Thursday after the Second Sunday of the Resurrection of Our Lord
April 11, 2013
He is Risen!
This coming Sunday is the Third Sunday of the Resurrection of Our Lord (Easter 3), April 14. We will be celebrating the Lord’s Supper, using the third setting of the Divine Service, beginning on page 184 of the hymnal. Our assigned lessons are: Acts 9:1-22, Revelation 5:1-14, and John 21:1-19. The sermon is titled “The Jesus Difference.” The text is Acts 9:20-21. As we are still in the Easter Season, our hymns will continue to be mostly Easter ones. Our opening hymn will be “All the Earth with Joy Is Sounding” (LSB 462). The sermon hymn will be “He Is Arisen! Glorious Word” (LSB 488). Our closing hymn will be “Jesus Christ Is Risen Today” (LSB 457). Our distribution hymns will be “I Know that My Redeemer Lives” (LSB 461), “Our Paschal Lamb, That Sets Us Free” (LSB 473), and “Lord Jesus Christ, You Have Prepared” (LSB 622).
In our prayers we will continue to remember those trapped in slavery today, those who have been misled by our cultures advocacy of abortion and sexual immorality and sister congregations in the SED (this Sunday: St. James, Southern Pines, NC; Holy Trinity, Statesville, NC; Salem & St Paul, Taylorsville, NC; Calvary, Charleston, SC). We also continue to remember believers around the world. This Sunday the Evangelical Lutheran Church of Latvia (ELCL) and their Archbishop, Rev. Janis Vanags, our missionary in Russia, Rev. Alan Ludwig, and the persecuted believers in Iran, especially the imprisoned Pastor, Vahik Abrahamian. New to our Sunday morning prayers will be the African Immigrant Mission of North America. This is a group of believers our Southeastern District is helping out and we are being asked to remember them in our prayers. There are more Lutherans in Africa than the USA. Many have fled their country due to persecution, and have come to our country. Why are they seeking out the LC-MS? Look at the post I put up earlier today to see what kind of welcome the “other large Lutheran” body has given these faithful believers.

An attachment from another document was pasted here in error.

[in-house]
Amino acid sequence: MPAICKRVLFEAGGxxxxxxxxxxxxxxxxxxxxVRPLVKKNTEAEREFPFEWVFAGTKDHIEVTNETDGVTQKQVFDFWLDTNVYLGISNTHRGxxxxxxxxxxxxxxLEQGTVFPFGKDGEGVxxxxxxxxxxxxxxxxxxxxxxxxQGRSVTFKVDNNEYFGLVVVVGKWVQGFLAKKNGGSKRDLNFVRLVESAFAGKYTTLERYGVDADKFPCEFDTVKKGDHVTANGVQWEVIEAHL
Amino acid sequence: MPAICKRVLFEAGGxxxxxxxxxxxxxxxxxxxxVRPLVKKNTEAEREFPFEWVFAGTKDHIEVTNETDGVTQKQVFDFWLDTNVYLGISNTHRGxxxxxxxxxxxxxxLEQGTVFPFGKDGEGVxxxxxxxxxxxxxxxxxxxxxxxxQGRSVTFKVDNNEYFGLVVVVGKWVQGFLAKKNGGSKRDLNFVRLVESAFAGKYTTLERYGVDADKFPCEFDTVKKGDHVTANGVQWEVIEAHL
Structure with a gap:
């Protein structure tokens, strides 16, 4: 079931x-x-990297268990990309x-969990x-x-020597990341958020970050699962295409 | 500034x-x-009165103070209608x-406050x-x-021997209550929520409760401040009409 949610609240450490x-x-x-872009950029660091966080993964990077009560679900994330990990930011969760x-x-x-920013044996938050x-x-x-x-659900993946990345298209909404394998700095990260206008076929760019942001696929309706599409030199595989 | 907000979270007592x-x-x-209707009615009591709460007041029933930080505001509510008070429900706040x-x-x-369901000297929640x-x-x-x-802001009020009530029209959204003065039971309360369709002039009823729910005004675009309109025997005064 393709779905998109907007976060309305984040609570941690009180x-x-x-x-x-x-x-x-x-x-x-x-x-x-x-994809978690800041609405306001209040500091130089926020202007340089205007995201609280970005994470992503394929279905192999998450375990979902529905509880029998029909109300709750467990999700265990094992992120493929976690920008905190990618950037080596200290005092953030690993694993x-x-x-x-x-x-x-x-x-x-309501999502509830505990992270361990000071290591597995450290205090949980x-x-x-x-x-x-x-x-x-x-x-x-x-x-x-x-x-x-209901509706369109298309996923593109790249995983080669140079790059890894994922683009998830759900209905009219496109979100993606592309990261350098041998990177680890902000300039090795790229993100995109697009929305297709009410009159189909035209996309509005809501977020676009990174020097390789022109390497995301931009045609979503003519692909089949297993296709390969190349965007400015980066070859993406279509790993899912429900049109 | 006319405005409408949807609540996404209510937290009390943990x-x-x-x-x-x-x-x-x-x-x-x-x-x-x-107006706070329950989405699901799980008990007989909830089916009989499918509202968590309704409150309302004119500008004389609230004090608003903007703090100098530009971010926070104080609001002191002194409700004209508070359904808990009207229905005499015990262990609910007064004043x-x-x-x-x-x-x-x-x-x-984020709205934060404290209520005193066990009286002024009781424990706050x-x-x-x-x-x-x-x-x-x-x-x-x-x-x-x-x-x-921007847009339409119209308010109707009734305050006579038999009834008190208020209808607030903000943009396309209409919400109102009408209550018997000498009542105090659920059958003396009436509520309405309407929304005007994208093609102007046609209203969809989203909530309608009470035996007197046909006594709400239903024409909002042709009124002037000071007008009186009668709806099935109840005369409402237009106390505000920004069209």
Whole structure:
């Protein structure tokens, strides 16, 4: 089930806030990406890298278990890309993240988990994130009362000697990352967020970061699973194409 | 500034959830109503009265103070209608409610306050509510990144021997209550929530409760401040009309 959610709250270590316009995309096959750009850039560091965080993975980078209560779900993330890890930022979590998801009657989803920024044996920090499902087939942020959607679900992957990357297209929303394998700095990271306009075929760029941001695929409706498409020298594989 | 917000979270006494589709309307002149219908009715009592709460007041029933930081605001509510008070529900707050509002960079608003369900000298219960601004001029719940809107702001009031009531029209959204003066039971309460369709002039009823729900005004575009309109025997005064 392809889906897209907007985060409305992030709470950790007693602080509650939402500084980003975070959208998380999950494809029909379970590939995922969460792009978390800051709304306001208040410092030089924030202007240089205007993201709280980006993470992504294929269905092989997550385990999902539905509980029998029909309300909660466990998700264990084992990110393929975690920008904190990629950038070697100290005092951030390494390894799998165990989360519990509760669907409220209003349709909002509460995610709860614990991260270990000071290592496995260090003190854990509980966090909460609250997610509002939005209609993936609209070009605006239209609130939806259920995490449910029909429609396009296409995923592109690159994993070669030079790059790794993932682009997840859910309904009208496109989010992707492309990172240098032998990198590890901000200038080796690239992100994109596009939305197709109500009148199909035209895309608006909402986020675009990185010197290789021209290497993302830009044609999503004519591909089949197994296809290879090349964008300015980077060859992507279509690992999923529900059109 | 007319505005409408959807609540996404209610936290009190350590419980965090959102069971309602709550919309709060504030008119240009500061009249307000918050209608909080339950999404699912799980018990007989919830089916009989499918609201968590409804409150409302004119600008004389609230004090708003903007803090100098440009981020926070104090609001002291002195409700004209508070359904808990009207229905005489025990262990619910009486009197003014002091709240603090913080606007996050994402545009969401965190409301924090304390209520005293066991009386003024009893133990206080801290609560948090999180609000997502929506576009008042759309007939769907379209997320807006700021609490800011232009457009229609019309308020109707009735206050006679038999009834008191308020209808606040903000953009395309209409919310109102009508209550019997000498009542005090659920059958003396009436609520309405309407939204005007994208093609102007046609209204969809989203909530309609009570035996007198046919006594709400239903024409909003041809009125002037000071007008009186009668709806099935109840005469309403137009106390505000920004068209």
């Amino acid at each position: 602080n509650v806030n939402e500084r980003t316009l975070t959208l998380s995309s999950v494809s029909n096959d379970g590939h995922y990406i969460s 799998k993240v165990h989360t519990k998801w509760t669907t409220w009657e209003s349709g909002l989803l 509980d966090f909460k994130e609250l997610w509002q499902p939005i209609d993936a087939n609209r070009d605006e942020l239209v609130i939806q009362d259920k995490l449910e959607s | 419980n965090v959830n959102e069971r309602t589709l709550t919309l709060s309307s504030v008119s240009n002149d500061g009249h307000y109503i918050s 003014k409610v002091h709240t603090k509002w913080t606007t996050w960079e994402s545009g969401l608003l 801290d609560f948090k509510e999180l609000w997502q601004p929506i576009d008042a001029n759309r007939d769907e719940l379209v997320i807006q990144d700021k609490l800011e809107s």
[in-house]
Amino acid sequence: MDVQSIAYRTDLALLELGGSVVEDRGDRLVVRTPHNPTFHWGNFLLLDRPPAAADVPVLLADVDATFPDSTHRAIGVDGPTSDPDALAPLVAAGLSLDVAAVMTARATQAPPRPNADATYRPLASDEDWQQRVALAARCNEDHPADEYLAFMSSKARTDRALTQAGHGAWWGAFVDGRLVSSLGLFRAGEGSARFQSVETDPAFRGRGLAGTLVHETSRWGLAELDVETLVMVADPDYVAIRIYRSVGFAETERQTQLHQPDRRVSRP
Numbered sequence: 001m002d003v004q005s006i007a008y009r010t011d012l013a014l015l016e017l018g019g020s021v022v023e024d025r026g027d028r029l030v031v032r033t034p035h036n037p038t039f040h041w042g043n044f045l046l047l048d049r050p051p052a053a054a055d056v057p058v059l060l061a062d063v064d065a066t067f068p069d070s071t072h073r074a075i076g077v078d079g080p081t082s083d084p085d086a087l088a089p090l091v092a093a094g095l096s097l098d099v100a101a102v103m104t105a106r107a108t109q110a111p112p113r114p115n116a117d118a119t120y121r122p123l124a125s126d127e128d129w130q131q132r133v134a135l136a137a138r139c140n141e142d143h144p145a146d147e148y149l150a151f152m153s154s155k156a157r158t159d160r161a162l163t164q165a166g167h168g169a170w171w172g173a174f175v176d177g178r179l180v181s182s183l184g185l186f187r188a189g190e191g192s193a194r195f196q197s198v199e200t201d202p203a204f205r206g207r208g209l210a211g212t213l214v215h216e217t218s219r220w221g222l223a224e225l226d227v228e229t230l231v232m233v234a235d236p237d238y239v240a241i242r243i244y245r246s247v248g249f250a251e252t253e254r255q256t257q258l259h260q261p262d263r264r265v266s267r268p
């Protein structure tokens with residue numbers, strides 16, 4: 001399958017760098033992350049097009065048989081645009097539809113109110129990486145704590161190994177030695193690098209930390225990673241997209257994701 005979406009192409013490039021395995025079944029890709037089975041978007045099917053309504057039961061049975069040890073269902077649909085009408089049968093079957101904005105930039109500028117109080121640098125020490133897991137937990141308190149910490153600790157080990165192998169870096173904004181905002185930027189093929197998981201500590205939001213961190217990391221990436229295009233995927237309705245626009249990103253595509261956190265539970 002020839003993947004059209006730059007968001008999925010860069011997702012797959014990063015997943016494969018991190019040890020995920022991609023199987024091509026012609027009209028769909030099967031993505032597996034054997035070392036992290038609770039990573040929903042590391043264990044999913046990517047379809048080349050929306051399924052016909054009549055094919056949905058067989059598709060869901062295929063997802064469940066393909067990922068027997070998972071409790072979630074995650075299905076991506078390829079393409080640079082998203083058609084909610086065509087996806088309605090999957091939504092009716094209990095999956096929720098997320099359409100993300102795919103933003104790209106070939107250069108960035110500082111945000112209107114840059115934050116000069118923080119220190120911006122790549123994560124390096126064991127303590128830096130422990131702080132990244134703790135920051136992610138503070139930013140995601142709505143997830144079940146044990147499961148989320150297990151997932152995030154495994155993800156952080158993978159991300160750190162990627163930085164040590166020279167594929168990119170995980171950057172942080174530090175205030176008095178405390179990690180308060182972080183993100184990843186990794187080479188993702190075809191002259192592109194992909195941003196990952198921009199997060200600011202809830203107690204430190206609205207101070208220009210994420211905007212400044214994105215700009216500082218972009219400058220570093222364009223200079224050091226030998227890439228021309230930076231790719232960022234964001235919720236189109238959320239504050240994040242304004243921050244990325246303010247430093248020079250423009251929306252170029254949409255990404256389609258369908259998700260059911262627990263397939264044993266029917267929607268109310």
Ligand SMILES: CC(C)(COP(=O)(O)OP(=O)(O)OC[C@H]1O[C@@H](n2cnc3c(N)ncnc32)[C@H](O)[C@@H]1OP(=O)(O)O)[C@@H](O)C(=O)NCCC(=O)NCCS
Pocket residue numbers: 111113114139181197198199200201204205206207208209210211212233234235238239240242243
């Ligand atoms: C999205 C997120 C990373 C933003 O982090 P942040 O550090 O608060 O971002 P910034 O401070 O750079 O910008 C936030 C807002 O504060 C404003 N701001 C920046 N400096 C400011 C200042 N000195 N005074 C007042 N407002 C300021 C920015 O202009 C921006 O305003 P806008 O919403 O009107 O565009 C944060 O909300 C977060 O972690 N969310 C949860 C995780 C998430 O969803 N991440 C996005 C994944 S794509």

Our closing hymn is sung by the Lutheran Warbler
Preview of Lessons
In short, this is the story of the conversion of the great persecutor of the Apostolic Church, Saul, who becomes the great Apostle to the Gentiles, Paul. Aside from here, the story of Paul’s conversion is also found in Acts 22 and 26. In 22 and 26, the story is part of Paul’s defense while he is on trial. The fact that Luke chose to record the event so fully three times indicates how important Paul was in the Gentile Church.
Saul/Paul is on his way to Damascus to continue the persecution of Christians there. They had scattered from Jerusalem after the stoning of Stephen (Acts 8:1). On the way, Jesus appears to Paul in a blinding light, announcing that the persecution of the Church is the same thing as persecuting Jesus himself. This is something we should remember today as the Church comes under attack from all sides. Saul/Paul was an extremely well educated man (Philippians 3:4-5; Acts 22:3; 26:24) in the Jewish Faith. When Jesus appeared to him, blinded him, and then Paul was received into the home of a Christian and a Christian pastor came to him in a errand of mercy, restoring Paul’s sight, Saul/Paul was compelled to reevaluate his understanding of Scripture. With help from Ananias, his new pastor, Saul/Paul quickly put the pieces together, understanding the Old Testament in light of Jesus. This is another important point. Today many try to understand the Old Testament apart from Jesus. This is a critical mistake! (Luke 24:25-27; 2 Timothy 3:15) Paul is quickly baptized and puts his great education to use by arguing in the synagogue in favor of Christ and his Body. How long this period lasted, the text does not tell us. We know that, if we were to read beyond the assigned lesson, opposition arose and Saul/Paul had to escape. This would be the first of many escapes in his career, fulfilling the words of Jesus, “I will show him how much he must suffer for the sake of my name.”